The Zodiacal Parallel

The zodiacal parallel resembles the conjunction in effects, since it is formed when two planets have the same declination, (or in other words are equidistant from the great circle of the equator) in number. Thus supposing a star or planet to be in 5°!^ with 13® declination and another in 25°ss, they would both be parallel to each other. In all cases, whether the sig-nificators are either active or passive, this aspect is equal to the conjunction.

In the use of the foregoing aspects, the student must bear in mind, that the light planets apply only to the more ponderous, and unless when retrogade, the superior never can apply by zodiacal aspect to the inferiors, the effect of which is very considerable both in genethliacal and horary Astrology; for both reason and experience leads us to affirm, that if a certain force exists in any configuration of the stars, when that configuration ceases to exist the effects are no more; and consequently, the more nearer the aspect the greater are the presumed effects, either in good or evil, which as the aspect approaches must be increasing in virtue, but as it goes off from the configurating ray, it gradually becomes weaker and weaker till the aspect is entirely at an end. The following is found to be the older of application.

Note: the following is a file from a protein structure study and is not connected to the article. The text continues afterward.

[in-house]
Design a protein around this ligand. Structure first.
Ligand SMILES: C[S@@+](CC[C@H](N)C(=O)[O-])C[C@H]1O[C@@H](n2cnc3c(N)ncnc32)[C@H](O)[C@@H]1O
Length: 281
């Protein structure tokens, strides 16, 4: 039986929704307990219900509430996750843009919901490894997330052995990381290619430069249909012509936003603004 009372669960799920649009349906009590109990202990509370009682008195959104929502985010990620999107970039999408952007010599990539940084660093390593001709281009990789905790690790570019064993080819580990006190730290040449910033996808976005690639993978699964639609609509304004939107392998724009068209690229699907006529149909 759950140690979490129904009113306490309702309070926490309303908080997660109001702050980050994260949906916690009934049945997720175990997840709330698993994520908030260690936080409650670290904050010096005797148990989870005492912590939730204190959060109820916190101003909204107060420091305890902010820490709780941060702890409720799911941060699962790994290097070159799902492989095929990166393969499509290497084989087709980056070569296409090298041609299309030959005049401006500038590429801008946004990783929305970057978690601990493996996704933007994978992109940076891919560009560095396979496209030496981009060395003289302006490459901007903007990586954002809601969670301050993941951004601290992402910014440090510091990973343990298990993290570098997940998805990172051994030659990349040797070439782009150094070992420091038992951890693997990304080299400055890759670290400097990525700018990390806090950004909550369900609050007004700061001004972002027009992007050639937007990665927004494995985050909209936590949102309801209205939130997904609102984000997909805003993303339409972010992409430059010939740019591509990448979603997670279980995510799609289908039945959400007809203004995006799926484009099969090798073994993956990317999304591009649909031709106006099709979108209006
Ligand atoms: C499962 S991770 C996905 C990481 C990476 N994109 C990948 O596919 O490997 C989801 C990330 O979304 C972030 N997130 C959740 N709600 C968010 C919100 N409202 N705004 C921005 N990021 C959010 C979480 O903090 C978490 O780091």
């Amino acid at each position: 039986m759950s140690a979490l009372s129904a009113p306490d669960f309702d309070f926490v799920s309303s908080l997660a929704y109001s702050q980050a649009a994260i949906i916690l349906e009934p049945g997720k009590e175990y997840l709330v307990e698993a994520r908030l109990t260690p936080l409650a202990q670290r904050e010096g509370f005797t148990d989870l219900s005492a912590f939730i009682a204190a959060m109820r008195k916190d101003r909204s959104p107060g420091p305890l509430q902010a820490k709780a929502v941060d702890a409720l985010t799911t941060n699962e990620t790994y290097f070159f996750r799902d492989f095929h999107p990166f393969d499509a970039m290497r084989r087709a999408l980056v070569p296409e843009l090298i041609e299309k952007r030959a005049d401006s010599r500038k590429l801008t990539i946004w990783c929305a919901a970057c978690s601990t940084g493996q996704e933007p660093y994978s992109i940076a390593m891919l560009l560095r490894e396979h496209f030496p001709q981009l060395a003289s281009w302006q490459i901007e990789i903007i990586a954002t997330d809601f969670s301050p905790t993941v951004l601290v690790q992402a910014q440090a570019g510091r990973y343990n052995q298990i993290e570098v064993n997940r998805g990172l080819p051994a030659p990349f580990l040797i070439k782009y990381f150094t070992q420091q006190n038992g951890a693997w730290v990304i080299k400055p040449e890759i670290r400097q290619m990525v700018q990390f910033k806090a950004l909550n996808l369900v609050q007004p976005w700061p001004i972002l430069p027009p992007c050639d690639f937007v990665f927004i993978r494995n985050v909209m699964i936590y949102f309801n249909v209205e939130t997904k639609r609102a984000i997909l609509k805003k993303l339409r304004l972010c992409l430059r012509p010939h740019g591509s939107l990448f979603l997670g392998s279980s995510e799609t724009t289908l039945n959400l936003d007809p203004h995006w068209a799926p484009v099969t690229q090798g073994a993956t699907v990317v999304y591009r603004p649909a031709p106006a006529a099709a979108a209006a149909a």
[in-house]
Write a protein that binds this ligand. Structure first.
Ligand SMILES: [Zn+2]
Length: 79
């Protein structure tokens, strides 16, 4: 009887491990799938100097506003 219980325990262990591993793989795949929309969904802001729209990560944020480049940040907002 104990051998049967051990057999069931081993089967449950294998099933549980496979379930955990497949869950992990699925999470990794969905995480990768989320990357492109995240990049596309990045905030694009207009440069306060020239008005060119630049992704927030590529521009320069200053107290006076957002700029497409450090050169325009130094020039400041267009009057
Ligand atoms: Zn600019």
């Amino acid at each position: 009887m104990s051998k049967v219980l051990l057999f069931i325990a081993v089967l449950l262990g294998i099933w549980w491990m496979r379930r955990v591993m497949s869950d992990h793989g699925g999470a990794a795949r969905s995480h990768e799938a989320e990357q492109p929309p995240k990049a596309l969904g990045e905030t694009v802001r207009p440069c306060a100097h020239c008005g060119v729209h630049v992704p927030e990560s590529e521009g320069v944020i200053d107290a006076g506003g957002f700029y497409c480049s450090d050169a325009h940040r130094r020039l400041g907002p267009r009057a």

Thus Herschel, who is placed at the top of the scheme, applies to no planet whatever except when retrograde ; Saturn applies only to Herschel ; Jupiter, to Saturn and Herschel ; and so of the rest in order as above exemplified, where it will be seen that the moon, being last, applies to every other planet in the heavens ; but no planet to her aspect unless retrograde.

The next thing to be observed and duly considered is the mundane aspects, or those formed by the diurnal motion of the earth round its axis, whereby every star is brought at stated periods to the cusp of each house in due succession ; thus forming various aspects or configurations, as well with each other as with the angles of the ascending or descending horizon, the zenith, nadir, &c. The ancient Astrologers were either unacquainted with these aspects, or forbore to mention them. Placidus, an Italian Astrologer, is the first who has given any definition of these configurations, which nevertheless are of greater importance than any other part of the science. In order to explain them at one view to the attentive student, the following diagram is inserted, which will contain a complete exemplification of the mundane configurations or different aspects.

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